When bringing home a new pet, here are 5 handy tips to help you prepare your household for the arrival of your new four-legged family member.
Dog-proof your home before your new canine arrives.
Look at each of your rooms and take appropriate safety measures. Place childproof locks on low cabinet doors and place sturdy lids on kitchen trash cans. Remove human medications and small objects off counters and tables to prevent your dog from swallowing and choking on them. Identify all plants and flowers in your home and discard any that are toxic to dogs. In order to prevent canine escapes, make sure your yard is secure.
Stock up on canine amenities.
Your new dog needs toys and products that work his mind as well as his body, such as treat puzzles. Go bowl-free at least once a week for and place your dog’s kibble inside a food puzzle. Encourage him to paw and swat at the puzzle to spill out kibble. You can also place treats in the puzzle toy to help your new dog occupy his mind when he is alone at home.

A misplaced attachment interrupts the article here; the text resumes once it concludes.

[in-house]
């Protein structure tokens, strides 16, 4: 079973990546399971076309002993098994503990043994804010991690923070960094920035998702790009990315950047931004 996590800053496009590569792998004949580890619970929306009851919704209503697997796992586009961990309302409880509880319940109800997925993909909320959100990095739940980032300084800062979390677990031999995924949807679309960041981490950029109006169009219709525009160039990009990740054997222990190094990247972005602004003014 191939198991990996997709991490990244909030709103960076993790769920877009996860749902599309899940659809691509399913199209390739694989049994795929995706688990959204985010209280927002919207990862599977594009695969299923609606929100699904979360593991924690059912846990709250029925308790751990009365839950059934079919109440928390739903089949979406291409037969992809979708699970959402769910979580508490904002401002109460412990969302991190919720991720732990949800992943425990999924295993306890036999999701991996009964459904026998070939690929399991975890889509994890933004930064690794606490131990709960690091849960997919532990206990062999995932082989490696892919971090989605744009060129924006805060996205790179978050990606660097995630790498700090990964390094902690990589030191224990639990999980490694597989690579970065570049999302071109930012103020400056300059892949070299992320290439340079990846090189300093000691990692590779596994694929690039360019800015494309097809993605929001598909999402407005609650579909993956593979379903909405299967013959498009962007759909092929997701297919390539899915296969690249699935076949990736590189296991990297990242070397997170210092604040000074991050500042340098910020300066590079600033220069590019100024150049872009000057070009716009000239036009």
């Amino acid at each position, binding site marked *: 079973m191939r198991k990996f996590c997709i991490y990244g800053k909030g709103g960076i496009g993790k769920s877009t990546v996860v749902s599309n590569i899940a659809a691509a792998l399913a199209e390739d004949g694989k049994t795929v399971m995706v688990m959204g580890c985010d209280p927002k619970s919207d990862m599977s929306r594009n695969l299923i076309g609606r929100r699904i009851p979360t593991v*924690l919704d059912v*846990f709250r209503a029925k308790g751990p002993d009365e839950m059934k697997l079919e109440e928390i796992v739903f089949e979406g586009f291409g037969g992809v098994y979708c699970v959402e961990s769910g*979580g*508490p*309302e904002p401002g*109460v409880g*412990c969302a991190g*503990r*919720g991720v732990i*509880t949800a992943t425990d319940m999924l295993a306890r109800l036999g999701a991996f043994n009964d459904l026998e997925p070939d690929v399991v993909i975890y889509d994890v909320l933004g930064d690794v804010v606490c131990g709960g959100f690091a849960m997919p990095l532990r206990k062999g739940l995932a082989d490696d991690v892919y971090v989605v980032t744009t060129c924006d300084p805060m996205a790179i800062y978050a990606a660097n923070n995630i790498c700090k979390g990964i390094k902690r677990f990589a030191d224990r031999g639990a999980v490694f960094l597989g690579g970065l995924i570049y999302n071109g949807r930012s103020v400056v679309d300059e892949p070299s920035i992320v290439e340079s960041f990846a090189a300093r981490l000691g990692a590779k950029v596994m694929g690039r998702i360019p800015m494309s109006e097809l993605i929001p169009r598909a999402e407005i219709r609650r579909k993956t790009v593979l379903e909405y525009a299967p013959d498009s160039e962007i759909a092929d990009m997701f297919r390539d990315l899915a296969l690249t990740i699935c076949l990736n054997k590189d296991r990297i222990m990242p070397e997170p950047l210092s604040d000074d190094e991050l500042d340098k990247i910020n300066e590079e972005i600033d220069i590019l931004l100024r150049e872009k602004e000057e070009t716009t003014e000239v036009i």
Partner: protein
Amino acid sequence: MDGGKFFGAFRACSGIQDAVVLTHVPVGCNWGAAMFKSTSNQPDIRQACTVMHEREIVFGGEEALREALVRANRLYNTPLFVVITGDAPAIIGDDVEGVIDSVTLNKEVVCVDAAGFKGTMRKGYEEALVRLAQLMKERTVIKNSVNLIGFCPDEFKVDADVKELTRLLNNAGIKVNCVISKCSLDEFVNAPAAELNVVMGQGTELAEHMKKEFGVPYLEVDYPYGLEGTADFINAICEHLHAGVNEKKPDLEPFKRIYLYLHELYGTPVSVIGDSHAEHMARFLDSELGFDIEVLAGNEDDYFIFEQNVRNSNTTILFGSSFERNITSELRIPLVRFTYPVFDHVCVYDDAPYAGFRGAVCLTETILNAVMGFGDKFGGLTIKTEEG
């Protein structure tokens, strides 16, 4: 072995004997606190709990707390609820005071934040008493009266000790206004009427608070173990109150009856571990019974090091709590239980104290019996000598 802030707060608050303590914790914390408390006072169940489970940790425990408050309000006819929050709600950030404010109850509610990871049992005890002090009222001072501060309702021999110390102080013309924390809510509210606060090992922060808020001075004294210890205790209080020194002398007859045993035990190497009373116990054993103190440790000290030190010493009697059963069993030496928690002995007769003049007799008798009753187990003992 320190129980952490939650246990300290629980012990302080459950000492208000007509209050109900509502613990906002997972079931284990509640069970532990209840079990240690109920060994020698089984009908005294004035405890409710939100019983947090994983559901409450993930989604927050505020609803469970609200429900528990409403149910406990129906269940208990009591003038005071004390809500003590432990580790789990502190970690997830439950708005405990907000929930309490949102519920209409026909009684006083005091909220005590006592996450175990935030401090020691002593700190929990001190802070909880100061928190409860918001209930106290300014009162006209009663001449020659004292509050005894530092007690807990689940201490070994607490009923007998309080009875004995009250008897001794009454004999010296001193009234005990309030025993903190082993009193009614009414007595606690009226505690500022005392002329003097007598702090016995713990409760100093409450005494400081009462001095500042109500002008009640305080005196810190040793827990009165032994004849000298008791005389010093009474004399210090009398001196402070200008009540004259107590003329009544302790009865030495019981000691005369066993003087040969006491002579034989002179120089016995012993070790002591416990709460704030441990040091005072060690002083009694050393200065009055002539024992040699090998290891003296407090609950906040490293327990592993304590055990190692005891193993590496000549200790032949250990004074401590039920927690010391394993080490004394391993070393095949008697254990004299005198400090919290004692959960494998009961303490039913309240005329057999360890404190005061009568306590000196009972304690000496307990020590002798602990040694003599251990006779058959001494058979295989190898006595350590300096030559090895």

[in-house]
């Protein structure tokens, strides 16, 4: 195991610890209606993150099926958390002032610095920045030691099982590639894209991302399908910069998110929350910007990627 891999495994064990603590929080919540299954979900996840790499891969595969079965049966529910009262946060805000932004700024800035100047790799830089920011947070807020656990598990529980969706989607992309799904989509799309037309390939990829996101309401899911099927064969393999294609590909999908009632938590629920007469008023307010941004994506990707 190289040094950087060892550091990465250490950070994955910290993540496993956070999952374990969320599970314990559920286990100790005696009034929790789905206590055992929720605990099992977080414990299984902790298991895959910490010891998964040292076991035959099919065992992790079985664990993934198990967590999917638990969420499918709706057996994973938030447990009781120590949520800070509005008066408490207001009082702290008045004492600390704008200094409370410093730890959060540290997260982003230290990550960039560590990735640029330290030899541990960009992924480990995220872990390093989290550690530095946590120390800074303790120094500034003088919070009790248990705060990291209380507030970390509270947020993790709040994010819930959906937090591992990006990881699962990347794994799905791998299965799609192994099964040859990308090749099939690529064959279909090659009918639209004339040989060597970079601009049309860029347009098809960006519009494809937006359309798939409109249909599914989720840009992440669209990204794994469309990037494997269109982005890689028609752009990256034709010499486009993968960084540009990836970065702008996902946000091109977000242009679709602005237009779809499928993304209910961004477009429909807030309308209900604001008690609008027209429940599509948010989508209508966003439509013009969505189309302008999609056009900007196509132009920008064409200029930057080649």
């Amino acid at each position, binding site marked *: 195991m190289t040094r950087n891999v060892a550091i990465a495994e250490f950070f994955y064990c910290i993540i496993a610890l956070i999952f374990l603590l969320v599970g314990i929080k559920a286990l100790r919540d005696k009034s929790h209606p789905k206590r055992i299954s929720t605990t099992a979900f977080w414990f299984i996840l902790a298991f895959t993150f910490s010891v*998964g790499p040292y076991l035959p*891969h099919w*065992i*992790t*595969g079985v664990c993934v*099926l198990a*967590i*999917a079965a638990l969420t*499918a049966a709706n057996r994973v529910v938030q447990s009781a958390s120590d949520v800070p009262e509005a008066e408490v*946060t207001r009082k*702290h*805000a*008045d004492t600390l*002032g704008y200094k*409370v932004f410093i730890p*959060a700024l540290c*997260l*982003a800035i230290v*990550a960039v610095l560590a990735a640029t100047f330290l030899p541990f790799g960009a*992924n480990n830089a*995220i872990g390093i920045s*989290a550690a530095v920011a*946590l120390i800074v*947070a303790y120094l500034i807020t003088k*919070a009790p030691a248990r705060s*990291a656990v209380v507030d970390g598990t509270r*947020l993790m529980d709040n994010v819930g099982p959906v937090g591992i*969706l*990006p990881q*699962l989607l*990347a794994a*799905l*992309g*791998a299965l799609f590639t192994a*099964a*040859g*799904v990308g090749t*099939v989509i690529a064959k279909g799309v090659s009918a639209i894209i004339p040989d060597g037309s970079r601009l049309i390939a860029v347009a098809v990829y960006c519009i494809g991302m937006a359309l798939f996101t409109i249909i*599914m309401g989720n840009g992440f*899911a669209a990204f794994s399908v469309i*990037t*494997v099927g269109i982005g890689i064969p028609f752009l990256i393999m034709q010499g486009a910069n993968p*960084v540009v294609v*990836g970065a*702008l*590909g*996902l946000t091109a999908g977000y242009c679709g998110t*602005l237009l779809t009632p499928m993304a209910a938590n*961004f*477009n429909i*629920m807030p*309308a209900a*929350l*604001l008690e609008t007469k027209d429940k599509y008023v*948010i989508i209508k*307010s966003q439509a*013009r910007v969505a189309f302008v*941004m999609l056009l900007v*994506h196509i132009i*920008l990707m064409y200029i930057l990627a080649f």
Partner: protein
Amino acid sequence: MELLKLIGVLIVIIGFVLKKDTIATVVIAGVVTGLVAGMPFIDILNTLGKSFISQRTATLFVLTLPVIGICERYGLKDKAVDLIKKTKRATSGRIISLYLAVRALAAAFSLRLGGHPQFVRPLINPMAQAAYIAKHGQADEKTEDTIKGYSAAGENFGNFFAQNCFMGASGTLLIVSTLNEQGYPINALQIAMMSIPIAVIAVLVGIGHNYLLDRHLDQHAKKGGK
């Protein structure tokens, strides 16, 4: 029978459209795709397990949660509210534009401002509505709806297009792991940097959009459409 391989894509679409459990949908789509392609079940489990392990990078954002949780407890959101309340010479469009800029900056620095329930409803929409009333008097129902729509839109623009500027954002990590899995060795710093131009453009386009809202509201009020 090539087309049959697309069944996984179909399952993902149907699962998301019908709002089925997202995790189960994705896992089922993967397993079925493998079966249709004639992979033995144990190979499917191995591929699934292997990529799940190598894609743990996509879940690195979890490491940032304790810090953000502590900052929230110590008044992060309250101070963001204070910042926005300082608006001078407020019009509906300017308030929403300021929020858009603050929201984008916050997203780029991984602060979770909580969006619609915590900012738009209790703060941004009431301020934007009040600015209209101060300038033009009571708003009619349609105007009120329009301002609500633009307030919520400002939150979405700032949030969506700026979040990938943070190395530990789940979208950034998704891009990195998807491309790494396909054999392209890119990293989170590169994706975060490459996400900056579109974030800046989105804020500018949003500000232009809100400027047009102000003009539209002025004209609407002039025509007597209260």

Decide the sleeping arrangements.
To help your dog acclimate to his new life inside a new home (especially if he spent time in a shelter or foster home), provide him with a comfy crate placed in your bedroom so he can sleep inside the crate at night. As your bond strengthens and he becomes better adjusted to his new home, you can make the decision whether or not to invite him to sleep on your bed.
Call a family meeting.
Before you bring your new dog home, make sure that everyone in the house agrees on how to give him basic commands. Decide on specific words and cues ahead of time such as:
Make sure that other family members participate in a basic dog obedience class with you and your new dog. These classes not only teach your dog the basics, but they build on the friendship bond between you and family members.
Include your dog in your family budget.
Pets can be a priceless asset, but owning a pet can be expensive. In your monthly budget, make sure to factor in costs associated with food, healthcare/medical expenses, and obedience training. To assist with the veterinary expenses, enroll your pet in a dog insurance plan as soon as possible.
Having your entire household on the same page will help provide a smooth transition for incorporating your new dog into the family.
By Arden Moore, a certified dog and cat behaviorist with the International Association of Animal Behavior Consultants. Arden is an author, radio host and writer for Pets Best, a U.S. pet health insurance agency founded in 2005.